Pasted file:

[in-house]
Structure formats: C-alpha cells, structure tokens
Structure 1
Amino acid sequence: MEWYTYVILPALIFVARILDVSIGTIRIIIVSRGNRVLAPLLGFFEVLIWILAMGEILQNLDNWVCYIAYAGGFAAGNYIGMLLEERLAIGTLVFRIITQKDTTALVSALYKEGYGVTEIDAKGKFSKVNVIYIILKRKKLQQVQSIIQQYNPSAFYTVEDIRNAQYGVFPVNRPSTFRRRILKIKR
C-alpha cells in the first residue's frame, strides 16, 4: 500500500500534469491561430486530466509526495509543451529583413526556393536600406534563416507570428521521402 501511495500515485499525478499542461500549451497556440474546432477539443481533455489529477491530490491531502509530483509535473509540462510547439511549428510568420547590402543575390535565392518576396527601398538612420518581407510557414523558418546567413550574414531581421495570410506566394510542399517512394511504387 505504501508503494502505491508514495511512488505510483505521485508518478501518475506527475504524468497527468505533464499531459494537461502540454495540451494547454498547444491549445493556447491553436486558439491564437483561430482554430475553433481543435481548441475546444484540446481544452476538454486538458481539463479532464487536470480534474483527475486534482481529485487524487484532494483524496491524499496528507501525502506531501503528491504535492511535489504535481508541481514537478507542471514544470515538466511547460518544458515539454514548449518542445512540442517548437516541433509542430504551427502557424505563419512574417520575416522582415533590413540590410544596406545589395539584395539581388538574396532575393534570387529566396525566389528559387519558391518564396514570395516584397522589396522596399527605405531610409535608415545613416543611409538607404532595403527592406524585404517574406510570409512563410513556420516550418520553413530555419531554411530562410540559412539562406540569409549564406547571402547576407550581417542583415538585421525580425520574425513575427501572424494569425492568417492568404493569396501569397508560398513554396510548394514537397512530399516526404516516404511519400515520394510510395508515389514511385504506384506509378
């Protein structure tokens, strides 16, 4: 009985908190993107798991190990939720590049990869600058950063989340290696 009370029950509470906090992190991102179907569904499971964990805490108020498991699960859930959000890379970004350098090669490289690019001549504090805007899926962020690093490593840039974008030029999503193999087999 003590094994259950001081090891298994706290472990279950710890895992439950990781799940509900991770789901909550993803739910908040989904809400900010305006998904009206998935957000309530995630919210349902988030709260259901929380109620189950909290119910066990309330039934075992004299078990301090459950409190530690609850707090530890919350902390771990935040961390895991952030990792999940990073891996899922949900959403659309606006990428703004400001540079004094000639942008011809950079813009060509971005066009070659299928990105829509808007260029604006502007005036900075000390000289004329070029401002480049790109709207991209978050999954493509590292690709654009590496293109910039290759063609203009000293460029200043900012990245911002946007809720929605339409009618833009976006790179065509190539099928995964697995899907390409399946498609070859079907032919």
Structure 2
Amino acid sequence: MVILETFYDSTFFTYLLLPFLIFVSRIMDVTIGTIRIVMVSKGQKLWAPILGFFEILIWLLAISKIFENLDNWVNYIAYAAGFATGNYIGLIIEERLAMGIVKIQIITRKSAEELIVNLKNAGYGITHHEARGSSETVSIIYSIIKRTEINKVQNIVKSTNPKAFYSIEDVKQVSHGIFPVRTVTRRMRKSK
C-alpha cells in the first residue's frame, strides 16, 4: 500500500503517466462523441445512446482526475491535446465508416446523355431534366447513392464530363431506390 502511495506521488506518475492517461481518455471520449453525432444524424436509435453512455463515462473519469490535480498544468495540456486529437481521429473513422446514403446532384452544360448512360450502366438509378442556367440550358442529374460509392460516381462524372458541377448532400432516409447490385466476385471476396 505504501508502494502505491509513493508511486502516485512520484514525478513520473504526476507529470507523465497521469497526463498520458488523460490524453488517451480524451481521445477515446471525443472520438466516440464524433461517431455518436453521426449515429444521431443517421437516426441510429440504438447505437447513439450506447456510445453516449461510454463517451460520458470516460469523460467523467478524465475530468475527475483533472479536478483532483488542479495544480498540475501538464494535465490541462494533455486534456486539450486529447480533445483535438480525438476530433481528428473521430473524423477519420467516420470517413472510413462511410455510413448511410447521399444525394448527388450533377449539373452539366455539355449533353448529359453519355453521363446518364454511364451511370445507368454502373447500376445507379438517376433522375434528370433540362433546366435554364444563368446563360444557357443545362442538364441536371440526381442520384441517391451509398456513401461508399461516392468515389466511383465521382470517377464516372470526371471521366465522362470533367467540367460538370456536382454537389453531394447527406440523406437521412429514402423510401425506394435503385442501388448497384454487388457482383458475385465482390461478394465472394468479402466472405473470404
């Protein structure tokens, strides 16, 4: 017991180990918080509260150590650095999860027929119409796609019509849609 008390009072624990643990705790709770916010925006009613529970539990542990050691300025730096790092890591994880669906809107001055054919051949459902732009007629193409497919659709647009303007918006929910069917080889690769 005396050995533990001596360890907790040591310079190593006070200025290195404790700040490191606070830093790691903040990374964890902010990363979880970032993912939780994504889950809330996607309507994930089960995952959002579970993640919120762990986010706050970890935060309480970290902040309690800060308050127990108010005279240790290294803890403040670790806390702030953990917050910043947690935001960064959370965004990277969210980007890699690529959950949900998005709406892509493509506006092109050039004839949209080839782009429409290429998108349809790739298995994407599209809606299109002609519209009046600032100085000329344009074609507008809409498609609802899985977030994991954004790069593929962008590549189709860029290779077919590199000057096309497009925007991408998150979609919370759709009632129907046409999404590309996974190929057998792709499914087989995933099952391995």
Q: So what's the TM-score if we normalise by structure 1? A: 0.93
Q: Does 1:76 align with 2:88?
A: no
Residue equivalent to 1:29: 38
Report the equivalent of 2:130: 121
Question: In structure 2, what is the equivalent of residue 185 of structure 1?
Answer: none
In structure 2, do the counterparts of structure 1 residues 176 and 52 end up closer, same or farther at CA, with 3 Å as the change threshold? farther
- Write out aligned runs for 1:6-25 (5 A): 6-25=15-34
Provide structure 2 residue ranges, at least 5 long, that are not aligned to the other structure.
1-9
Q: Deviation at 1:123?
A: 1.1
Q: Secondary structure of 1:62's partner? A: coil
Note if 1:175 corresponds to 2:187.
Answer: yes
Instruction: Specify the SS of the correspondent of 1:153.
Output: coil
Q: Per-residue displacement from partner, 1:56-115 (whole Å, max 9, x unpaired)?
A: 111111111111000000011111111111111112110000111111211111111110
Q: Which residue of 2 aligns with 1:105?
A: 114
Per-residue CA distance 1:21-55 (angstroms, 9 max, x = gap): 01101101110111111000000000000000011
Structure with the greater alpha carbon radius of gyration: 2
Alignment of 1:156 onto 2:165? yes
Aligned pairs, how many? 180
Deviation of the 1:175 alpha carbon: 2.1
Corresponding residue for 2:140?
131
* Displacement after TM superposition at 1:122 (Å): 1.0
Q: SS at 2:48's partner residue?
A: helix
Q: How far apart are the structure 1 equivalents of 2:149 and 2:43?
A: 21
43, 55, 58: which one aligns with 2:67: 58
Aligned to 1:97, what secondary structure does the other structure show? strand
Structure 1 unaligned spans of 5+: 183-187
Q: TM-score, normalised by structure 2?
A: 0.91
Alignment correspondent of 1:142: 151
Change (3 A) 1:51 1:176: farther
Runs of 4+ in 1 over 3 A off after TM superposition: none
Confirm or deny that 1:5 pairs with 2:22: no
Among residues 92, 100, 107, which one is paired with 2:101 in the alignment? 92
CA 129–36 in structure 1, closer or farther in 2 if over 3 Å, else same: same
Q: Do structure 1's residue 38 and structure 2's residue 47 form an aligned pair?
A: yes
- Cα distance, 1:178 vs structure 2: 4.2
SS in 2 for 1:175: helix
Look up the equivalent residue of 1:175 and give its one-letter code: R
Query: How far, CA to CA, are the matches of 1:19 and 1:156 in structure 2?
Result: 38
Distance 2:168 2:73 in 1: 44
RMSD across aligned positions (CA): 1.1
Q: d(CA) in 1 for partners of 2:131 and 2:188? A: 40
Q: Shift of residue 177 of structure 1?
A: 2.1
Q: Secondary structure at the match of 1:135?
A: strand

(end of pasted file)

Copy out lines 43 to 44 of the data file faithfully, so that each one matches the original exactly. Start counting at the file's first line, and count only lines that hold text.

Q: How far apart are the structure 1 equivalents of 2:149 and 2:43?
A: 21